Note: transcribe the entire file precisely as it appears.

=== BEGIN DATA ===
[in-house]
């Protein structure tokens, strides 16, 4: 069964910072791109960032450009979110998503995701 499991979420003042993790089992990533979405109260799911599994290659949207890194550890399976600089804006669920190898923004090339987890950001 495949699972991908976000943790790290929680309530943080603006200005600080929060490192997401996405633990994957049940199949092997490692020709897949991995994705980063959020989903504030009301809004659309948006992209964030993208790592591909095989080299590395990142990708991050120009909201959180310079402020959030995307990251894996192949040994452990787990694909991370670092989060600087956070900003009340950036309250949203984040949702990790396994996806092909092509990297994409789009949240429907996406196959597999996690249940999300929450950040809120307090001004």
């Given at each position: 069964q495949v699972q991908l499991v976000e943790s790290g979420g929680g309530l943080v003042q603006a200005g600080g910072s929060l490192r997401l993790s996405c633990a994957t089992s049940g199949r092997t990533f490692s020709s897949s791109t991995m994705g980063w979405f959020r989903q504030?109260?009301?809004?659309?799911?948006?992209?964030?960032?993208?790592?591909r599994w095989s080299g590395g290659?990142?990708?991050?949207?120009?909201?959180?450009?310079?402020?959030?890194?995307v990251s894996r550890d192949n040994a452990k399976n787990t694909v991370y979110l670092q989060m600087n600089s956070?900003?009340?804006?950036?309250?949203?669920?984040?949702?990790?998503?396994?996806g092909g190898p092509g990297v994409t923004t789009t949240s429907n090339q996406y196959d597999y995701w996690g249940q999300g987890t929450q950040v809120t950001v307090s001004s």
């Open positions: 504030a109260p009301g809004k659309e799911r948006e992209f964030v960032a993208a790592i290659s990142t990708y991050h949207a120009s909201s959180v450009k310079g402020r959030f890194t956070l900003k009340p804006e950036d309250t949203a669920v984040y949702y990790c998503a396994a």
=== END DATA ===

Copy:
[in-house]
């Protein structure tokens, strides 16, 4: 069964910072791109960032450009979110998503995701 499991979420003042993790089992990533979405109260799911599994290659949207890194550890399976600089804006669920190898923004090339987890950001 495949699972991908976000943790790290929680309530943080603006200005600080929060490192997401996405633990994957049940199949092997490692020709897949991995994705980063959020989903504030009301809004659309948006992209964030993208790592591909095989080299590395990142990708991050120009909201959180310079402020959030995307990251894996192949040994452990787990694909991370670092989060600087956070900003009340950036309250949203984040949702990790396994996806092909092509990297994409789009949240429907996406196959597999996690249940999300929450950040809120307090001004």
């Given at each position: 069964q495949v699972q991908l499991v976000e943790s790290g979420g929680g309530l943080v003042q603006a200005g600080g910072s929060l490192r997401l993790s996405c633990a994957t089992s049940g199949r092997t990533f490692s020709s897949s791109t991995m994705g980063w979405f959020r989903q504030?109260?009301?809004?659309?799911?948006?992209?964030?960032?993208?790592?591909r599994w095989s080299g590395g290659?990142?990708?991050?949207?120009?909201?959180?450009?310079?402020?959030?890194?995307v990251s894996r550890d192949n040994a452990k399976n787990t694909v991370y979110l670092q989060m600087n600089s956070?900003?009340?804006?950036?309250?949203?669920?984040?949702?990790?998503?396994?996806g092909g190898p092509g990297v994409t923004t789009t949240s429907n090339q996406y196959d597999y995701w996690g249940q999300g987890t929450q950040v809120t950001v307090s001004s």
């Open positions: 504030a109260p009301g809004k659309e799911r948006e992209f964030v960032a993208a790592i290659s990142t990708y991050h949207a120009s909201s959180v450009k310079g402020r959030f890194t956070l900003k009340p804006e950036d309250t949203a669920v984040y949702y990790c998503a396994a």